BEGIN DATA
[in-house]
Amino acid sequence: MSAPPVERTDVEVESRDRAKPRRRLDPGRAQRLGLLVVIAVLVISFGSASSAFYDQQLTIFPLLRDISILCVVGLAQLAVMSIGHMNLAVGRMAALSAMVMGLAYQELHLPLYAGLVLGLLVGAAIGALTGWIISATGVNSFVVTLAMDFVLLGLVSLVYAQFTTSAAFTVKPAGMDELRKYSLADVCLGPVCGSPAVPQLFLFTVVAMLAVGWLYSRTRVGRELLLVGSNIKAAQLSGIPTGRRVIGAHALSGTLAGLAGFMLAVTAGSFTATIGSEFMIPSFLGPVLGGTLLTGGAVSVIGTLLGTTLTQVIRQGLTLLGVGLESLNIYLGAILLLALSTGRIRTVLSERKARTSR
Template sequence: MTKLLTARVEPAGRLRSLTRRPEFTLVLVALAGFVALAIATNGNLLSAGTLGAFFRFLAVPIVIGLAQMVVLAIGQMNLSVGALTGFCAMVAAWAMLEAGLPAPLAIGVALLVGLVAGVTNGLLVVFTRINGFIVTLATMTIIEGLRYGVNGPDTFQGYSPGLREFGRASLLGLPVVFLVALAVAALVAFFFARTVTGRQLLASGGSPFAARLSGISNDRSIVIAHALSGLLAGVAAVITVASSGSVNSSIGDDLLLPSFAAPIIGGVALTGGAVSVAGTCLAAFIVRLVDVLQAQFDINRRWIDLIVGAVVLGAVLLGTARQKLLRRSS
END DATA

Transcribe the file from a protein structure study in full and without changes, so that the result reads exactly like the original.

[in-house]
Amino acid sequence: MSAPPVERTDVEVESRDRAKPRRRLDPGRAQRLGLLVVIAVLVISFGSASSAFYDQQLTIFPLLRDISILCVVGLAQLAVMSIGHMNLAVGRMAALSAMVMGLAYQELHLPLYAGLVLGLLVGAAIGALTGWIISATGVNSFVVTLAMDFVLLGLVSLVYAQFTTSAAFTVKPAGMDELRKYSLADVCLGPVCGSPAVPQLFLFTVVAMLAVGWLYSRTRVGRELLLVGSNIKAAQLSGIPTGRRVIGAHALSGTLAGLAGFMLAVTAGSFTATIGSEFMIPSFLGPVLGGTLLTGGAVSVIGTLLGTTLTQVIRQGLTLLGVGLESLNIYLGAILLLALSTGRIRTVLSERKARTSR
Template sequence: MTKLLTARVEPAGRLRSLTRRPEFTLVLVALAGFVALAIATNGNLLSAGTLGAFFRFLAVPIVIGLAQMVVLAIGQMNLSVGALTGFCAMVAAWAMLEAGLPAPLAIGVALLVGLVAGVTNGLLVVFTRINGFIVTLATMTIIEGLRYGVNGPDTFQGYSPGLREFGRASLLGLPVVFLVALAVAALVAFFFARTVTGRQLLASGGSPFAARLSGISNDRSIVIAHALSGLLAGVAAVITVASSGSVNSSIGDDLLLPSFAAPIIGGVALTGGAVSVAGTCLAAFIVRLVDVLQAQFDINRRWIDLIVGAVVLGAVLLGTARQKLLRRSS